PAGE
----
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Nebraska Early History

First Early Inhabitants of Nebraska

Nebraska Early History

Early history examines the archaeological record that tells the story of the first inhabitants of Nebraska. Learn about the prehistory and culture of the first early inhabitants, and what lessons it might teach us about the early history of Nebraska.

Nebraska First Early Inhabitants Timeline

  • 9,000 - 12,000 years ago - Big Game Hunters: The earliest documented human occupation on the Central Plains is dated at around 12,000 years ago near the end of the last great Ice Age. These early people are called Paleoindians. This tradition is characterized by a highly mobile lifestyle that relied on the hunting of big game as a primary food source. Reconstruction of the customs are derived primarily from animal kill and butchering sites, and small temporary camps. The bones of butchered mammoths, camels, ground sloths, extinct forms of bison, and other animals have been found.
  • 2,000 - 9,000 years ago - Foragers: By 9,000 years ago the last Ice Age had ended and the climatic patterns somewhat characteristic of the modern period became established. Many of the animals such as mammoths, camels, horses, and others that had dominated the Plains during the Ice Age were extinct. It appears that the range or movement of people was more localized than during the Paleoindian period.
  • 1,000 - 2,000 years ago - Early Potters: The Woodland tradition was a time of innovation during which many new technological, economic, and social ideas made their appearance. Many of these new elements were borrowed or brought in from other cultures present in the great woodlands to the east of Nebraska. The name Plains Woodland reflects this adaptation of ideas from the east for use in a Plains environment.
  • 600 - 1,000 years ago - Village Farmers: The Central Plains Villagers tradition is marked by a change in subsistence and material culture traits by local Woodland populations. The adaptation may have been caused by the ending of a moist climatic period, and consequent thinning of game and plant resources. Subsistence practices were altered by more intense use of small garden horticulture based largely on maize, beans, and squash.
  • 1541 - Francisco Vasquez de Coronado (1510-1554) explores the area
    1682 - Rene-Robert Cavelier, Sieur de La Salle (1643-1687) explores the area

Early History of Native Americans in Nebraska

The Indigenous People of Nebraska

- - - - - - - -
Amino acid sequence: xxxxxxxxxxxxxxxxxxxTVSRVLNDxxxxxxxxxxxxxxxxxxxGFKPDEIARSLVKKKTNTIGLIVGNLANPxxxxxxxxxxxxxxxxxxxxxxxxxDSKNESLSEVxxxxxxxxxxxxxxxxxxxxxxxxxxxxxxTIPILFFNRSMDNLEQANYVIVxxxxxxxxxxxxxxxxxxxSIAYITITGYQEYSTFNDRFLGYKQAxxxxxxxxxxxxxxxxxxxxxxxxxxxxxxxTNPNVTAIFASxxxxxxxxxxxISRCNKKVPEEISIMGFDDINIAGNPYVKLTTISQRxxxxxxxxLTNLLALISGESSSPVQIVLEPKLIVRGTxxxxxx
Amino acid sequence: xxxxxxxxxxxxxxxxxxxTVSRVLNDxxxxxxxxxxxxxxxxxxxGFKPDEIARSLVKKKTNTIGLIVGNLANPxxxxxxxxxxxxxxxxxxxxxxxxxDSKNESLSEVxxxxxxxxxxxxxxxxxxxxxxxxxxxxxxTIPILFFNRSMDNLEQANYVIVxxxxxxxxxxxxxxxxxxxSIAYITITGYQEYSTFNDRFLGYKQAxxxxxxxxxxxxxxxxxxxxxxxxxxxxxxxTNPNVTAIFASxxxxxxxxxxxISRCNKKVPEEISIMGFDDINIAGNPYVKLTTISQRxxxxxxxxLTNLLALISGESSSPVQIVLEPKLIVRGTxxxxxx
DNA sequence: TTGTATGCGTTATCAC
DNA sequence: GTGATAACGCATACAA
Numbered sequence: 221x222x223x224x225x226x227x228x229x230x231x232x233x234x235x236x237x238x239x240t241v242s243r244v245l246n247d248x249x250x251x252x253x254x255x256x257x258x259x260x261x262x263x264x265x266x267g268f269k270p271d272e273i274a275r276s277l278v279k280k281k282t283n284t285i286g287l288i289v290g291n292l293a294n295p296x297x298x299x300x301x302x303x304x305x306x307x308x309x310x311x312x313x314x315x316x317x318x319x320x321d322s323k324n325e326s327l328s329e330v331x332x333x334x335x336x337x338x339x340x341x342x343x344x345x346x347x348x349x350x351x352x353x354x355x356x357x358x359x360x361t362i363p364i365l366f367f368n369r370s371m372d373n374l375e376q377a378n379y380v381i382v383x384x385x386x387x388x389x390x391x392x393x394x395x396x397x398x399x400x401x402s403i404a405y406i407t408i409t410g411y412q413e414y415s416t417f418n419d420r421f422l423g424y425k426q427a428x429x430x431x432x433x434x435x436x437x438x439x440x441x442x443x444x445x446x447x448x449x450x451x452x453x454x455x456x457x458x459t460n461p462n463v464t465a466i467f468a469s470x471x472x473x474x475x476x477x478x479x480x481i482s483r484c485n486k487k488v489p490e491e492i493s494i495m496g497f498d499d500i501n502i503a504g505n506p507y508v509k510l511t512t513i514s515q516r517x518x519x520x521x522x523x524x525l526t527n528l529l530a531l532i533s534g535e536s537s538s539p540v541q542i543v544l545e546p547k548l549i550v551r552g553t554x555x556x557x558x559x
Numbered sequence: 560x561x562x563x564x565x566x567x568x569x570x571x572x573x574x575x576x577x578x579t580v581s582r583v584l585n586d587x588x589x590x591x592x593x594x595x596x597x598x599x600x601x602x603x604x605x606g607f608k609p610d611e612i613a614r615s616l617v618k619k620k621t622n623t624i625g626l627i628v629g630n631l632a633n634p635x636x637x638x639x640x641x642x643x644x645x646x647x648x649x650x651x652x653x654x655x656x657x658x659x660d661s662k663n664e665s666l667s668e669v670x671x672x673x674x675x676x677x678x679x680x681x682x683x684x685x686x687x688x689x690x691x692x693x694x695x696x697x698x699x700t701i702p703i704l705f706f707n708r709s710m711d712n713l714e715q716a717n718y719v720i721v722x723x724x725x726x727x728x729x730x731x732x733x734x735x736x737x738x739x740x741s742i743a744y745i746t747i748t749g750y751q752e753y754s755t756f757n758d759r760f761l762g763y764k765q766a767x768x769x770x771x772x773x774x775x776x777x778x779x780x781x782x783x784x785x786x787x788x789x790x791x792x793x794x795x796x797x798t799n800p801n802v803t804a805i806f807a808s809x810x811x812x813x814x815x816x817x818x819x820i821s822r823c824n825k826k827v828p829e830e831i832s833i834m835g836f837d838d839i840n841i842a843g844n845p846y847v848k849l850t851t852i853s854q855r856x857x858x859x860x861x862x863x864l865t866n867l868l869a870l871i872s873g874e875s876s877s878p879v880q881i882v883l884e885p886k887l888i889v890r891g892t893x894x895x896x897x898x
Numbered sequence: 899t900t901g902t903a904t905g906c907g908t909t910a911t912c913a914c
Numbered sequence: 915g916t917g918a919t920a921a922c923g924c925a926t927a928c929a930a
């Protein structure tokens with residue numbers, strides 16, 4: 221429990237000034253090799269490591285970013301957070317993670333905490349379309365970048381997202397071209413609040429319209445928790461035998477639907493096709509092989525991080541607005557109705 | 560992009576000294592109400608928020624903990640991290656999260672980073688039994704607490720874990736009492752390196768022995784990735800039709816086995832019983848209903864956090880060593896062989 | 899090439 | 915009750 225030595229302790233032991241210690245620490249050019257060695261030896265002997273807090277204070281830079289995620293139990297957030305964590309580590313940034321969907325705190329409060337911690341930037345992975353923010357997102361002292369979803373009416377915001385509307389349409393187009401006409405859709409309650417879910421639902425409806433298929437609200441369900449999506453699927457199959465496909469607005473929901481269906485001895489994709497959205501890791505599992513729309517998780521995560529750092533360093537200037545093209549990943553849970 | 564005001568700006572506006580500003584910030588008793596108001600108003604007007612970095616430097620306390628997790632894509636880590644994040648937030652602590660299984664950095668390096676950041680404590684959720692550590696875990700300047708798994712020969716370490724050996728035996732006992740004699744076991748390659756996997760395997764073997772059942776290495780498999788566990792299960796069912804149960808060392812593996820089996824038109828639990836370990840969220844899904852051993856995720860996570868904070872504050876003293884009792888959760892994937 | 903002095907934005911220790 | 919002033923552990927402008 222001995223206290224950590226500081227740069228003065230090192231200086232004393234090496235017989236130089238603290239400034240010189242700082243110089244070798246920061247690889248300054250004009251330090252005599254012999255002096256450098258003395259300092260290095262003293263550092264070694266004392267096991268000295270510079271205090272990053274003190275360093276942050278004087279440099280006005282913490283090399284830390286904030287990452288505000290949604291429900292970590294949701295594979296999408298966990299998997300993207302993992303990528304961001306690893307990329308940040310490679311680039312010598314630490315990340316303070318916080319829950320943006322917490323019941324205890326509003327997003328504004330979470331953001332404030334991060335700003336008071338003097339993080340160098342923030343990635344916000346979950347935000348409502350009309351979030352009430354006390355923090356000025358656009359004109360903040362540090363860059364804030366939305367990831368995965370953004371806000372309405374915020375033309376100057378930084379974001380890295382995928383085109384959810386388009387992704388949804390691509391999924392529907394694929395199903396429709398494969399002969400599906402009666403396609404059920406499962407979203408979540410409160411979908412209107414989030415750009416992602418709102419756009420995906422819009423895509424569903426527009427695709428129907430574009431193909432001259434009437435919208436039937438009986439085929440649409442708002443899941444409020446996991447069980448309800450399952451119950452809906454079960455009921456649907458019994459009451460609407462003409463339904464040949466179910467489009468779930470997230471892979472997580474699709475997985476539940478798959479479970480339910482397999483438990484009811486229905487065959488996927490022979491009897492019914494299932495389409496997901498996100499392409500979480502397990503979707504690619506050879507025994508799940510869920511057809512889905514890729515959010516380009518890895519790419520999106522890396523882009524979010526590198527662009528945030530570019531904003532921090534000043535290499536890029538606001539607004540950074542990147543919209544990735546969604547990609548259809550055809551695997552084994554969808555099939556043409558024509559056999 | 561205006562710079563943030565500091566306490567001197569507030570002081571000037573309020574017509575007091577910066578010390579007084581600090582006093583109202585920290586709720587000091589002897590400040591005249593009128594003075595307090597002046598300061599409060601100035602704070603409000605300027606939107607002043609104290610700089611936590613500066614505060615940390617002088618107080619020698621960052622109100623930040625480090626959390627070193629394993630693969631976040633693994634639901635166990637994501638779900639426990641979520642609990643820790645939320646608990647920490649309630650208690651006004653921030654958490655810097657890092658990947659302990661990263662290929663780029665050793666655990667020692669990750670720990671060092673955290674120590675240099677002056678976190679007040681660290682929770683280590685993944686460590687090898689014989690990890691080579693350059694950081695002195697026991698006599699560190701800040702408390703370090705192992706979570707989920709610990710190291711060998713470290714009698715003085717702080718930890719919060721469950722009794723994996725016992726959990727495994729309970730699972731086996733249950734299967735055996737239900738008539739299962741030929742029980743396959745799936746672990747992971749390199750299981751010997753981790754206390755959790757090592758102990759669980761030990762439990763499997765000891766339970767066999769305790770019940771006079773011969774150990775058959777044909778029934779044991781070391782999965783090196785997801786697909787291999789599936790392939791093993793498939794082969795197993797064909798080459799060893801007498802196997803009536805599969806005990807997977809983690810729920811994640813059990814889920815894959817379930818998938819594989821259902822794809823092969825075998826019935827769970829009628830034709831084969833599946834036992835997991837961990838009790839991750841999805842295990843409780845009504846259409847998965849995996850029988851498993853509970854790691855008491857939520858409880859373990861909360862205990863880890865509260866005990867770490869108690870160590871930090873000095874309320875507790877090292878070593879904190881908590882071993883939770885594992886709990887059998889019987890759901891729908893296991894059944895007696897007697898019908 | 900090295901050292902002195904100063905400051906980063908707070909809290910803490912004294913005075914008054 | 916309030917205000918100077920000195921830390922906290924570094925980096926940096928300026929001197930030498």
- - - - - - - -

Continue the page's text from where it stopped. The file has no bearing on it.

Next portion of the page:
The names of the Nebraska tribes included the Cheyenne, Comanche, Chippewa, Delaware, Fox, Omaha, Kansas, Kiowa (see above picture), Missouri, Iowa, Otoe, Sauk and the Pawnee.

Nebraska's fossil beds and glacial deposits show that it once was an inland sea bed that later was elevated above water. The area once had a tropical climate, but during a later period, glaciers covered the land. Archaeologists estimate that prehistoric people inhabited the area between 10,000 and 25,000 years ago, based on discoveries of stone tools and weapons. The earliest inhabitants were nomadic hunters, but centuries later, others came to the grasslands to hunt, fish and farm. Archaeologists have found stone tools and weapons that these people used. Throughout history, the climate in Nebraska varied between long periods of drought and times of plentiful moisture. We know that at one time, the area was covered by an inland sea and had a tropical climate. Later, glaciers covered the land. This constant change meant that people came and went from the area. This created a diverse mixture of Indian languages and cultures.

The Pawnee and their northern neighbors, the Arikaras lived in the area the longest. These people migrated northward about 500 years ago and established villages along the rivers in Nebraska. The Pawnees hunted buffalo and grew beans, corn and squash. By the eighteenth century, other tribal groups, including the Omaha, Ponca and Oto people, migrated to the area and set up villages in the eastern part of the state along the Missouri River. Other groups, including the Lakota (Sioux), Arapaho and Cheyenne, came from forested areas north and east of the Missouri River. By 1800, there may have been 40,000 native people living in Nebraska.

Spanish explorers brought horses to the Plains, and horses changed Native American culture forever. The Pawnees and Omahas began to use horses on their bison hunts and nomadic cultures like the Lakota began to center around horses and became completely dependent on bison for food, clothing, tools another items.

A second influence that changed Indian culture was the beginning of the fur trade in the eighteenth century. The Indians traded extensively with Europeans and began to use European guns, drink alcohol, and wear European clothing. Along with these trade items, the Europeans also brought diseases like measles and smallpox, and epidemics devastated the Indian population.

Despite these changes, traditional Indian culture continued in Nebraska until the 1830s. As white settlers moved into the area at that time, the US government began to negotiate with tribes for land grants. In the 1850s, Nebraska became a territory and the land was made available to settlers for ownership, despite the fact that the land had not actually been legally acquired from the Indians.

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